Outside the Box:
By Paul "Villam" Steed
Anything I say comes from me and represents my personal opinions, views and subtle plans for influencing society. Read, ruminate over and remember at your own risk. If I teach you something and it helps, teach someone else.
eems like you guys dig this tutorial approach. Cool! Maybe I can convince some friends and fellow modeler/animators to do the same sometime and we can see the differences in technique. I don't really like the multi-part aspect of this beast so I'm going to try and convince His loonyness to post the remainder of this beast in one big chunk. If not well I guess you'll get the last third next week. [Editor's note: he convinced me...what can I say? It's hard saying no to Paul Steed...he's quite intimidating when he needs to be.]
I'd like to give Neil Marshal credit for pointing out that edit\invert selected works on sub-objects. So my bass-ackwards way to invert faces just got right-sided-up! Also the numbering got a little whacked in my diary entries because I tried to merge entries where I could and had to expound a little more on others. So if there's a gap in the numbering, don't worry about it. I had to keep them so I could reference the right screenshot image.
And again, don't hesitate to ask me for help or a few pointers. I enjoy helping you tykes out and sometimes I learn a thing or two as well!
So last time we saw Sleeg-o (last issue) we had just welded his torso together. Now we need to cap the ends of the mesh since they're gaping holes.
Speaking of holes, a nice modifier to take care of a situation like this is a modifier called 'cap holes'.
So after adding 'cap holes to the stack, faces magically appear at the open ends of Sleeg's torso. I turn the edges in front to conform to my idea of what it should look like and voila. This a quick way to close off open spaces that aren't too complex.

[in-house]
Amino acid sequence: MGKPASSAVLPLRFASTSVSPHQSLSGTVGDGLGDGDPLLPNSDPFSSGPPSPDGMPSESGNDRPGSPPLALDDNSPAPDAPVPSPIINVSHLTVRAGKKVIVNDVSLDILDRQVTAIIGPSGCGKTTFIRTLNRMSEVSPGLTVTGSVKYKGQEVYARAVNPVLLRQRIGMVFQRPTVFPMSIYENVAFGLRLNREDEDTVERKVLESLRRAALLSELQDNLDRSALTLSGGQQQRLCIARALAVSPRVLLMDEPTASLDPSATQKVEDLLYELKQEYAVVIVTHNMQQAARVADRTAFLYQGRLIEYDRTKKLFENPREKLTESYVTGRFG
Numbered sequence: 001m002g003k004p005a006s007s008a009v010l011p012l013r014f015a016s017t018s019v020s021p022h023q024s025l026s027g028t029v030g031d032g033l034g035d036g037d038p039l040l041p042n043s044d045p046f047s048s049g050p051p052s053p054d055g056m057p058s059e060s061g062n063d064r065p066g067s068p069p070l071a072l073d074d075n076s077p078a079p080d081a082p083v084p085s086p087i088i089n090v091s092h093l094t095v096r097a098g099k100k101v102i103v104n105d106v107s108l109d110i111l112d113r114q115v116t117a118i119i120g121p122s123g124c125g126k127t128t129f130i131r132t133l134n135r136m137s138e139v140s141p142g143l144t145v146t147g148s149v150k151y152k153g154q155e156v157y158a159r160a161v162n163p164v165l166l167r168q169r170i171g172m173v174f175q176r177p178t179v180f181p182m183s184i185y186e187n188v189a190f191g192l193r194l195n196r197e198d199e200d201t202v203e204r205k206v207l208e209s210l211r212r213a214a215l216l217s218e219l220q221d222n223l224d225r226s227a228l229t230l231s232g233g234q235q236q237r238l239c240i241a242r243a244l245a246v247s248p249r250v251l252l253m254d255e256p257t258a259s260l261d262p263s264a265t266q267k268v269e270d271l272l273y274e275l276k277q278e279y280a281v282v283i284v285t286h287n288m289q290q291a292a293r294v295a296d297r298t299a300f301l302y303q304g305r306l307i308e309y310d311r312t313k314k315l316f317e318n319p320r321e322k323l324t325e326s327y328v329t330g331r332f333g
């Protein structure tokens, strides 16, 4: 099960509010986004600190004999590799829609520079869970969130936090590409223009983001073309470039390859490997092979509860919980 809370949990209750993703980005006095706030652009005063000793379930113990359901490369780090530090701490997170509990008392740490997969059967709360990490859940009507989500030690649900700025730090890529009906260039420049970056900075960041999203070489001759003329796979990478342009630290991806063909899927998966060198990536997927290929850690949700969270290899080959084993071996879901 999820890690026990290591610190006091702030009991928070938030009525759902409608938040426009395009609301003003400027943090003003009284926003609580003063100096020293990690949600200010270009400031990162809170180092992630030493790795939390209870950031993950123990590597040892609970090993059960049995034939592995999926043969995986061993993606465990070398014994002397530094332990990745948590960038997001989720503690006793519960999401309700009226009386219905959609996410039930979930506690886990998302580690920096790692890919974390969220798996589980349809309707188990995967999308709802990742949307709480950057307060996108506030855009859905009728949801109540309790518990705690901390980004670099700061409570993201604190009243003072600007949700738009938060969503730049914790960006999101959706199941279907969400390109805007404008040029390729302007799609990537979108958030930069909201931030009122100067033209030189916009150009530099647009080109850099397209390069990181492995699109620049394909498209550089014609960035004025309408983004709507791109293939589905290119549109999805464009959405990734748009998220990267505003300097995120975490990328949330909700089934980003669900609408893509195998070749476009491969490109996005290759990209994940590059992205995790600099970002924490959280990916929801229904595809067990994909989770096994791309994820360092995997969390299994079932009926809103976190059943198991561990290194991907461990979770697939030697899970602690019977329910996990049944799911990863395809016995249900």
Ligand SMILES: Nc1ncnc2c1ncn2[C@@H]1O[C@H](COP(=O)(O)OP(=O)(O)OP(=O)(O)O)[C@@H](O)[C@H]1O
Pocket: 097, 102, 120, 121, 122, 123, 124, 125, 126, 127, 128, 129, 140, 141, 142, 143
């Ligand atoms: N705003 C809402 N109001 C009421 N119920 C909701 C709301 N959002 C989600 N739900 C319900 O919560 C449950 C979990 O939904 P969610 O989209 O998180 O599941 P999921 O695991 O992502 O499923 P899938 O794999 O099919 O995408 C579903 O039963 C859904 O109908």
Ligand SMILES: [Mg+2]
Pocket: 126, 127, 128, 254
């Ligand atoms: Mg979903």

To give the torso that shell-like appearance we need to select the capped faces at the neck and type in a value of -5 over in the face\extrude\amount box.
Now do the same for the back capped end but after the extrusion scale the selected faces by 60%. This way the faces won't intersect with the body. We didn't worry about the neck because the body gets noticeably bigger where the extruded faces end up.
Time to do some abs. I hide everything but the abdomen and hip lines. Then I build another cylinder with 7 sides and 3 segments this time (I can always optimize later if necessary). I use the attributes of the cylinder to effectively scale it again instead of applying a non-uniform scale to it and move the cylinder into position.
Credits: Thinking Outside the Box logo illustrated and is © 1998 Dan Zalkus. Thinking Outside the Box is © 1998 Paul Steed. All other content is © 1998 loonyboi productions. Unauthorized reproduction is strictly prohibited, so don't even try it. We've got really big guns, and we're ripped, baby.